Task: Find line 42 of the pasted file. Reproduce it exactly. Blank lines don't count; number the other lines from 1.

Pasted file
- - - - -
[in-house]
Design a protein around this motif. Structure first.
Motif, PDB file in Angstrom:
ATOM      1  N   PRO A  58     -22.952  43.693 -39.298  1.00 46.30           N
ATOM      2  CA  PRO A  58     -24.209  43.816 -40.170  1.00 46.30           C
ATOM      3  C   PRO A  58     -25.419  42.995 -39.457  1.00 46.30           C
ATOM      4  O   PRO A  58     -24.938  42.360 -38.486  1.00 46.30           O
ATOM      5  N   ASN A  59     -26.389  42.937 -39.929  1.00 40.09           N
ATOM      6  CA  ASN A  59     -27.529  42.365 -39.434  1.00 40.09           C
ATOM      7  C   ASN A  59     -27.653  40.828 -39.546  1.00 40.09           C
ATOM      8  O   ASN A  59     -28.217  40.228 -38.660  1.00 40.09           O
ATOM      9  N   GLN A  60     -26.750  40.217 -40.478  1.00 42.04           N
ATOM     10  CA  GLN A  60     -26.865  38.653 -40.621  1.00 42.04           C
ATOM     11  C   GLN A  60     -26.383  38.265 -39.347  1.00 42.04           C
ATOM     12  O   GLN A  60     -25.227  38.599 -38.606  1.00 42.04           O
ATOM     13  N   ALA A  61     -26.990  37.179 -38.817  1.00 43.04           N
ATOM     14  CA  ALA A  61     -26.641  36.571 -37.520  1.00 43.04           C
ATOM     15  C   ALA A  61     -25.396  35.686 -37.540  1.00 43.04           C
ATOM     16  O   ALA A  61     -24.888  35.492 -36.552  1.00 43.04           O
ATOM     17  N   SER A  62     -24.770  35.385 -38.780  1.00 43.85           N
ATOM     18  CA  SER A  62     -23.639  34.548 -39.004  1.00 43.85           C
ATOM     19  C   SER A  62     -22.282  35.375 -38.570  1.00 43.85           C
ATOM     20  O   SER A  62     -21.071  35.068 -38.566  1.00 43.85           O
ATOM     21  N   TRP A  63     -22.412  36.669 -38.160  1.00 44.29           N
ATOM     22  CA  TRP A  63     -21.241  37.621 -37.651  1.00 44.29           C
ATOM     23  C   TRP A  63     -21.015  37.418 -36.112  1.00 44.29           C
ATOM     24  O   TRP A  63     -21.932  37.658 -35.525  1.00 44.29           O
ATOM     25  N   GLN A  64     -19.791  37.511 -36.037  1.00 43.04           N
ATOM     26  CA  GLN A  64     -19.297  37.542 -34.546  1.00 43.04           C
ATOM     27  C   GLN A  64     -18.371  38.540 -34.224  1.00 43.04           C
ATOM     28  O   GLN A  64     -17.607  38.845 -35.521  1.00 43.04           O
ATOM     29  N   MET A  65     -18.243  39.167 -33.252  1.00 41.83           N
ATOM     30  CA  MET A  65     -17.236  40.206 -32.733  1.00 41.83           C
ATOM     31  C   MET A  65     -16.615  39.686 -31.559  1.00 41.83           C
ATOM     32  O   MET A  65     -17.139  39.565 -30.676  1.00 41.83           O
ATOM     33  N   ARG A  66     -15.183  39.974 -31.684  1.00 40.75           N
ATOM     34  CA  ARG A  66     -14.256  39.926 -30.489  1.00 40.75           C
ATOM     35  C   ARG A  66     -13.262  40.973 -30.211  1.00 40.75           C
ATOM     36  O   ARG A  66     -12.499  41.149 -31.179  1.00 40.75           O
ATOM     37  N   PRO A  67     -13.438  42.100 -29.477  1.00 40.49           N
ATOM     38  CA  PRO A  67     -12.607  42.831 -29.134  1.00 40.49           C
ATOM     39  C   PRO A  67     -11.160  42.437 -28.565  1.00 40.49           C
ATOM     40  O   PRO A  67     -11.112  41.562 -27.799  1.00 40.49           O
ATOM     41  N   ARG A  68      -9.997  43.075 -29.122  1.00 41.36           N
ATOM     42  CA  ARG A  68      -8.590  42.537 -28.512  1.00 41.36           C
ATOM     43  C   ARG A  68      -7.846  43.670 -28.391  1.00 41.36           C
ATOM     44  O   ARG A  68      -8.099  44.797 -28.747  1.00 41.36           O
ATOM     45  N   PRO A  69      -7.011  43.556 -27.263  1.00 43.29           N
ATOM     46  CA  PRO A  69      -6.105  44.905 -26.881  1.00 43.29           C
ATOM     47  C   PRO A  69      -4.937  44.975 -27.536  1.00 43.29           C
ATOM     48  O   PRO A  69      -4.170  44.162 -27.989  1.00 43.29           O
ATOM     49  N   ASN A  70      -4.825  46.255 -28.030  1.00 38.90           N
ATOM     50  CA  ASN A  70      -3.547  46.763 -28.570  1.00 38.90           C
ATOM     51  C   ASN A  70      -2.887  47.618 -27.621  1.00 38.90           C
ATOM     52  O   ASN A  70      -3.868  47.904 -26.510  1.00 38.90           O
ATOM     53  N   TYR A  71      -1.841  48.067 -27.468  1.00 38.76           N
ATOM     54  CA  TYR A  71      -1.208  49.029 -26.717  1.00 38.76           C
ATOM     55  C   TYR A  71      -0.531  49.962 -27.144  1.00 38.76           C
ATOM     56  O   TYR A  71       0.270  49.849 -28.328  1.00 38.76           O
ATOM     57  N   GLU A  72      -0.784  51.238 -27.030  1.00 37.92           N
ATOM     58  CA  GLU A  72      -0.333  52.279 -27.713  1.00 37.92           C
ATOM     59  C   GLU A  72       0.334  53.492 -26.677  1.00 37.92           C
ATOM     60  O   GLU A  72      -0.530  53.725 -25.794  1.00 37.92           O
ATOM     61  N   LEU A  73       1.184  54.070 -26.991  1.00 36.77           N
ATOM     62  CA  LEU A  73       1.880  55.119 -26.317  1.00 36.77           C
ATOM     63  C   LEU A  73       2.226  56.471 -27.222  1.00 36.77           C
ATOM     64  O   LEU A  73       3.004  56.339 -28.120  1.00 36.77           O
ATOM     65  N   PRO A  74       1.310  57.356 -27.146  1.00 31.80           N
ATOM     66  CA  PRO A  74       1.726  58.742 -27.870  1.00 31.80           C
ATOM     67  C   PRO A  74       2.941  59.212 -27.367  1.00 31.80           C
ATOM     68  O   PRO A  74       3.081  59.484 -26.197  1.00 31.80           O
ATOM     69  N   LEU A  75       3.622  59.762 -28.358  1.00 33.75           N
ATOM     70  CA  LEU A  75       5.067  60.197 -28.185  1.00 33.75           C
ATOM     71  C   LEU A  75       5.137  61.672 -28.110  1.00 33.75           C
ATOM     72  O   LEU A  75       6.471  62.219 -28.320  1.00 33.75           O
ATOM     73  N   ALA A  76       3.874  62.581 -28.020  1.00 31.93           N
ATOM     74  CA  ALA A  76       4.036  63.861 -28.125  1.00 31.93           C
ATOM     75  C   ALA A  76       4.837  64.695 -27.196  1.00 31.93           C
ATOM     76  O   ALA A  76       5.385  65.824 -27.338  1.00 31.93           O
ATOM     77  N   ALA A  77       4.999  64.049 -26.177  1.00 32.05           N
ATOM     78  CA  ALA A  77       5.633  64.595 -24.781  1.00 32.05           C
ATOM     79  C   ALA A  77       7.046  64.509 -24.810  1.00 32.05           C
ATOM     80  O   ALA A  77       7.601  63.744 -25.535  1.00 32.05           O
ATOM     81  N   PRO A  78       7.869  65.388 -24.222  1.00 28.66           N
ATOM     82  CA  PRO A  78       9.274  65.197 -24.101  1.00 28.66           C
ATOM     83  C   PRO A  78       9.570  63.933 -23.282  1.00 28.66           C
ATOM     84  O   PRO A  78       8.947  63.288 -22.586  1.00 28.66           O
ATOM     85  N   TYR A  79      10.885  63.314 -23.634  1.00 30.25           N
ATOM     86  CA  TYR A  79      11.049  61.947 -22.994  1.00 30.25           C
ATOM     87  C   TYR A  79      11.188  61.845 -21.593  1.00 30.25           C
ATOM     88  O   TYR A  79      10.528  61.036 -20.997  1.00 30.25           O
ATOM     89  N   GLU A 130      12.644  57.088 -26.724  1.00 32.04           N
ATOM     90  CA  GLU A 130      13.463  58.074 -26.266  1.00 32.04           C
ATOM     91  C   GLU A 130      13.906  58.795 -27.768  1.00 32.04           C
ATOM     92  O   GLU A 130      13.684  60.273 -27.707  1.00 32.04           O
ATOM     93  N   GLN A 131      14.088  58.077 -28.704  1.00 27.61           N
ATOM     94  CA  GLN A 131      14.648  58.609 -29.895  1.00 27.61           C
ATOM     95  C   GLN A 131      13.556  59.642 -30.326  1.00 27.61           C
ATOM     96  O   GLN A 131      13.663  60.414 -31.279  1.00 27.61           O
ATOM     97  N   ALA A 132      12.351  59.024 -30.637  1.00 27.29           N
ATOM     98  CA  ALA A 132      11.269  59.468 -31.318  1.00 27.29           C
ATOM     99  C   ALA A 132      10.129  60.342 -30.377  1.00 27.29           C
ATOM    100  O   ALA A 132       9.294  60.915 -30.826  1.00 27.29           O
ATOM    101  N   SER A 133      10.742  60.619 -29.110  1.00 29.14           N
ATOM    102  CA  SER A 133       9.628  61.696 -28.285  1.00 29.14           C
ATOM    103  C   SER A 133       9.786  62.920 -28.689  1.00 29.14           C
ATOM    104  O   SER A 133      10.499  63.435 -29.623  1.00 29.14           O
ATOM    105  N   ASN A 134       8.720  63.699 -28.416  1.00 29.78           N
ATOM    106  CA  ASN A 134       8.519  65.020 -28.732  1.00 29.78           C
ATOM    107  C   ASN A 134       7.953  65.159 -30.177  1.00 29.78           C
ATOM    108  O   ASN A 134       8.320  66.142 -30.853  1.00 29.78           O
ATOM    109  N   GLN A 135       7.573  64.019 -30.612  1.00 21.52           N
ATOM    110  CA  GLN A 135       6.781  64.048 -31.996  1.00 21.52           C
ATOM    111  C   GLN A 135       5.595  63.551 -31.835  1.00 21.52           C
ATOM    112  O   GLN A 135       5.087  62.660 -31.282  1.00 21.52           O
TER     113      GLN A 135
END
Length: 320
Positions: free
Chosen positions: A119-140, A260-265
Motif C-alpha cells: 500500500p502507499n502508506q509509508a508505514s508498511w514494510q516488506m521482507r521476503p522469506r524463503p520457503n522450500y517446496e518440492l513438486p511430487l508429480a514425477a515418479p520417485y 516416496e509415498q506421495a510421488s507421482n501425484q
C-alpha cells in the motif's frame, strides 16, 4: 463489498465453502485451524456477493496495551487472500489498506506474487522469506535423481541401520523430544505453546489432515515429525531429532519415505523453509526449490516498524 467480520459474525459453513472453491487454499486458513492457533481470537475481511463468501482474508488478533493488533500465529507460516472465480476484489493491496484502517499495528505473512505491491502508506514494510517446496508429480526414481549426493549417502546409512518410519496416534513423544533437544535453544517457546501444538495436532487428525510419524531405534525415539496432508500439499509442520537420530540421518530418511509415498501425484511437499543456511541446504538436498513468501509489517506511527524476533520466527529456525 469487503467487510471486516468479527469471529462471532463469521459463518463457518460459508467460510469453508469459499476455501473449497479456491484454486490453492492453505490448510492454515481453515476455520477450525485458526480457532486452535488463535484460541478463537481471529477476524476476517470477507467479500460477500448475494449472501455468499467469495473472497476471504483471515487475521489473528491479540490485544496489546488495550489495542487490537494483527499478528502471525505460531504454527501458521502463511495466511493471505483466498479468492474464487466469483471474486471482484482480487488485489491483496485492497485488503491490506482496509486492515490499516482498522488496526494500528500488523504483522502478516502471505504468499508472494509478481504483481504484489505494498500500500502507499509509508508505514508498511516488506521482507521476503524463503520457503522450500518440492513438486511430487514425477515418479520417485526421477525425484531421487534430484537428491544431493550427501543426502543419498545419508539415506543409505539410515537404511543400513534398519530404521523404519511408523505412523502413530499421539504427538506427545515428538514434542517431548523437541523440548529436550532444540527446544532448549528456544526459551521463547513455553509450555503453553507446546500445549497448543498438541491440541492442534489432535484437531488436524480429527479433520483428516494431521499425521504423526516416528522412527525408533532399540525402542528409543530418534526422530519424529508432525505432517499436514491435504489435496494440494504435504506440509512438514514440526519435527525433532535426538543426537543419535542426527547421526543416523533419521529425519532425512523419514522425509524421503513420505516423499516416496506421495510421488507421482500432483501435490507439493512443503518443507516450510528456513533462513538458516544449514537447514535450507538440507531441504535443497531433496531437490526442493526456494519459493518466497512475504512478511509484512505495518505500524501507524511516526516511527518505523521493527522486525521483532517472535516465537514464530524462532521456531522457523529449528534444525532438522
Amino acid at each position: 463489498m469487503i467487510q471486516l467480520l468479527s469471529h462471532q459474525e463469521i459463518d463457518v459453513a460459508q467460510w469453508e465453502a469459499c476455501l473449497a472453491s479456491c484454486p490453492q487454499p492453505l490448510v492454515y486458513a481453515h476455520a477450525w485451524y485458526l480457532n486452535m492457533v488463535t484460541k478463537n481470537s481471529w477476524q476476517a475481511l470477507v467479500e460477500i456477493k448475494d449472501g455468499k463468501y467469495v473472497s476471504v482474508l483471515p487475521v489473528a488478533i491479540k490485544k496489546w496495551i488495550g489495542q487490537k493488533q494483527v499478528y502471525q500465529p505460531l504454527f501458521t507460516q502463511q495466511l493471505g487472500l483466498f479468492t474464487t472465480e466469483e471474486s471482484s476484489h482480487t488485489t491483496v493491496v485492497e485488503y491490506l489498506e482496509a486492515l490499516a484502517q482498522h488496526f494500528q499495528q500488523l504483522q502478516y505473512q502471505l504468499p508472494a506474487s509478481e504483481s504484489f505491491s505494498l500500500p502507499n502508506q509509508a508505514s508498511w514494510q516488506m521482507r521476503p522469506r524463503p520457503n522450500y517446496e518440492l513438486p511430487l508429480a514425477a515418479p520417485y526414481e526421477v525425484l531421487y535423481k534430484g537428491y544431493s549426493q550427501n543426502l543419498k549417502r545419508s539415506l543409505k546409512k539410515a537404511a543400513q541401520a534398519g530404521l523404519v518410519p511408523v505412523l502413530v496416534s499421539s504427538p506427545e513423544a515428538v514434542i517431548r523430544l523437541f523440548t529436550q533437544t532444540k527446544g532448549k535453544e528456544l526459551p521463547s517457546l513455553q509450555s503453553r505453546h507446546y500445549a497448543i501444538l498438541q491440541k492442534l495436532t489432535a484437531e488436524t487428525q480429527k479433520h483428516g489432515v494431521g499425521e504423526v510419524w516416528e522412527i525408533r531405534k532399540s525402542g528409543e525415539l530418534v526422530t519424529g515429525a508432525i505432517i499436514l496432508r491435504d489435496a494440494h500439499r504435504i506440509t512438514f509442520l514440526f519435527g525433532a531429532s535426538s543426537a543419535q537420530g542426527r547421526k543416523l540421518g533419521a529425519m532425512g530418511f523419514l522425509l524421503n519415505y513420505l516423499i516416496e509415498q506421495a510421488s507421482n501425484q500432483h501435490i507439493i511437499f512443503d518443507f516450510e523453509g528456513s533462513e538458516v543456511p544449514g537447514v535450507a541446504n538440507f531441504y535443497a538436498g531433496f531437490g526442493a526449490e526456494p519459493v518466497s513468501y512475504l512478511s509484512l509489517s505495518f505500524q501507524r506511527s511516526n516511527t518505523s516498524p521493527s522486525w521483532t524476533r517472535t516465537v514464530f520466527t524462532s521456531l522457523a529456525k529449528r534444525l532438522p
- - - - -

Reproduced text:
ATOM     39  C   PRO A  67     -11.160  42.437 -28.565  1.00 40.49           C